When dad went to pay for his and Dax’s tubing, I didn’t know that he was buying the 100-meter abseil for me and mom. It was pretty expensive compared to Dad and Dax’s trip. In fact, it was double. I really didn’t want to use that kind of money, but after a lot of talking, Dad convinced me to do it. So we left Taupo, and drove about an hour and half to the Waitomo Caves. Unfortunately, we didn’t get to bring our cameras. But, the other visitor, Mike, didn’t see the sign, and because his camera was a small digital one, he brought it. He took some pictures of us in our overalls, harnesses, and helmets before we got to the abseil platform and he’s going to e-mail us them when he gets back to the US. So this post will probably have pictures in the next few weeks. The name of the trip we were doing was “Lost World.”It was amazing, standing on a metal platform 100 meters (330 feet) up. First the guide, Scott, connected me to a rope and told me to sit on a bar about three feet off the platform while he set everyone else up. So I was sitting on a small round bar suspended hundreds of feet in the air for about 20 minutes. It was such a cool sight dangling with a body harness around me. Once we made the tough trip down the abseil, you could see the weirdest things, like an eel that lives in rivers and at some time in its life might swim to the ocean. When it reaches the ocean, it decides if it wants to be male or female. If the food source is good enough, they might live in the river for their whole life. After all that, into the cave we went. It really was a lost world. It was so far down and had some of the weirdest kinds of rocks that I’ve ever seen. It also had a centipede like thing that has only ever been found in that cave. Oh, but the glow worms! Deep in the cave you can see these worm-like larvae on the ceiling. The worms don’t actually glow, but their waste, which remains attached to them, does. The average 60-watt light bulb is about 95% heat and 5% light, but the glow worm poo is about 98% light. After we saw the glow worms, we trekked back through the cave to a ladder. Not just any ladder, a 90-foot ladder. Climbing it was about the hardest thing I’ve ever done. Finally I saw the light of our guide’s helmet and made my way up to him. After me came Mom, and then Mike came last. All in all I think it was worth the money we had to pay. Look on Sixintheworld.com next week for McKane’s weekly post.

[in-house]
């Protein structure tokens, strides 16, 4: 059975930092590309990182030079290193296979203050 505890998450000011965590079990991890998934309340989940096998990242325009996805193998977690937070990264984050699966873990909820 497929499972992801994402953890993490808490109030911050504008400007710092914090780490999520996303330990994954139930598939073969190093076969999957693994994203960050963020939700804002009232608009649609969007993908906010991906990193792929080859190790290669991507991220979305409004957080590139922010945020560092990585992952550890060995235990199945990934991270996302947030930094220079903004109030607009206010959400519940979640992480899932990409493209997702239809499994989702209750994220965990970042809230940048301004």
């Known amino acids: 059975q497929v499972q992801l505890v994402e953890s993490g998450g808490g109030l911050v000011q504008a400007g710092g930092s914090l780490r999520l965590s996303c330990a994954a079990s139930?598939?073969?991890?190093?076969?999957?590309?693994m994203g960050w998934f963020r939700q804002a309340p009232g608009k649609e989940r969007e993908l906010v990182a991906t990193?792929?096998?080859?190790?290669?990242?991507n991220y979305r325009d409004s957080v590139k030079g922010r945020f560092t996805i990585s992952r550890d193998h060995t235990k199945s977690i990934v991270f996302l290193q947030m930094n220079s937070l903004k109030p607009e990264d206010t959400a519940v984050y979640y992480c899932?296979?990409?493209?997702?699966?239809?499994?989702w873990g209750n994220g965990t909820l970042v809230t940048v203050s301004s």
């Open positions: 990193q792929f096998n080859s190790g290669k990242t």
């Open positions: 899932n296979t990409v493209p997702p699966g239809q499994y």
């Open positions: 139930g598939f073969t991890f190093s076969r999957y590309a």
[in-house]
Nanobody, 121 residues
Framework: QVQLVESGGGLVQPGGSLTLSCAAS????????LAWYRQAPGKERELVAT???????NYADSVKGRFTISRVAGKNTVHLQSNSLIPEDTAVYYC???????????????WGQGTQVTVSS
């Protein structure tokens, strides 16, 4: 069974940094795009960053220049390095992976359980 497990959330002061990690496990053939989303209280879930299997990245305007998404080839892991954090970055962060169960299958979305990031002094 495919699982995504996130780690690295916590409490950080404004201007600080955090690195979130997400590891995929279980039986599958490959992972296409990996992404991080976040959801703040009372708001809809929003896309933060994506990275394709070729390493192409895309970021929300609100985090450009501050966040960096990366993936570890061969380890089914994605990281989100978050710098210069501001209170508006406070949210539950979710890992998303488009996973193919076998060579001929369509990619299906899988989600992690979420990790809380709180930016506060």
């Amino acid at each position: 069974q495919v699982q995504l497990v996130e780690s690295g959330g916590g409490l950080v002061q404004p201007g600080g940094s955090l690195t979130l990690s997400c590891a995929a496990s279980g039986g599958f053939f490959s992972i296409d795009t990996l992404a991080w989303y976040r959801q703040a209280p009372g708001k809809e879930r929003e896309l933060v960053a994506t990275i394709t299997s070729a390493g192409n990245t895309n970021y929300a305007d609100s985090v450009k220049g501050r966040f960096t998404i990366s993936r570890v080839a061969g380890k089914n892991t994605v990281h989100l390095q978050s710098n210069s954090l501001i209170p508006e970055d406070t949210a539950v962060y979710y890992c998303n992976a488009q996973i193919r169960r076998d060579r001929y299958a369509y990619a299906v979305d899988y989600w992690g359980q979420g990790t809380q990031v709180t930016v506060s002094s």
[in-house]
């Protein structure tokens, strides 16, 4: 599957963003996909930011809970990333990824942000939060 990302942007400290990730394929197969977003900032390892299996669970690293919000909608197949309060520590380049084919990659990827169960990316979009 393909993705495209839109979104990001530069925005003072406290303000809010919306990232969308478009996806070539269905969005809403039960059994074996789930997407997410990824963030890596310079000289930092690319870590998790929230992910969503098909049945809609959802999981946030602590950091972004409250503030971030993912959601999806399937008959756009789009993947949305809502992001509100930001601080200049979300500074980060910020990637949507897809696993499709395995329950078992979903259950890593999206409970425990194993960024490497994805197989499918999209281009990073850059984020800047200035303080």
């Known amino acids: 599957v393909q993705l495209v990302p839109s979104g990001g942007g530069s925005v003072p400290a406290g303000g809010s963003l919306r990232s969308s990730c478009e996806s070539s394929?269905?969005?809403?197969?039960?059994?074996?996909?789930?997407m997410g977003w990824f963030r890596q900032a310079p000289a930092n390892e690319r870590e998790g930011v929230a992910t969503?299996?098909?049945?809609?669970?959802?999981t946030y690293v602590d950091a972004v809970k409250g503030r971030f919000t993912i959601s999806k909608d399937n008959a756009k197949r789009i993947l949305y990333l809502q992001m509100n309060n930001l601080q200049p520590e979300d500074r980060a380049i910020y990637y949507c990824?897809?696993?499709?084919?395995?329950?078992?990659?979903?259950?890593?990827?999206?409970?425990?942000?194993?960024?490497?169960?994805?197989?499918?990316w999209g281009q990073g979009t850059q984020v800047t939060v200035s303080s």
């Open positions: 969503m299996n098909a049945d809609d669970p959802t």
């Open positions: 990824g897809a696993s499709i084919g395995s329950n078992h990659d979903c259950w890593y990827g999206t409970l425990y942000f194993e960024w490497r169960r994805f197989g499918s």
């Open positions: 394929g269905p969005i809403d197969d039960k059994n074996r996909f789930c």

We couldn’t take a camera in the cave. This is a brochure if you look very closely you can see someone abseiling.
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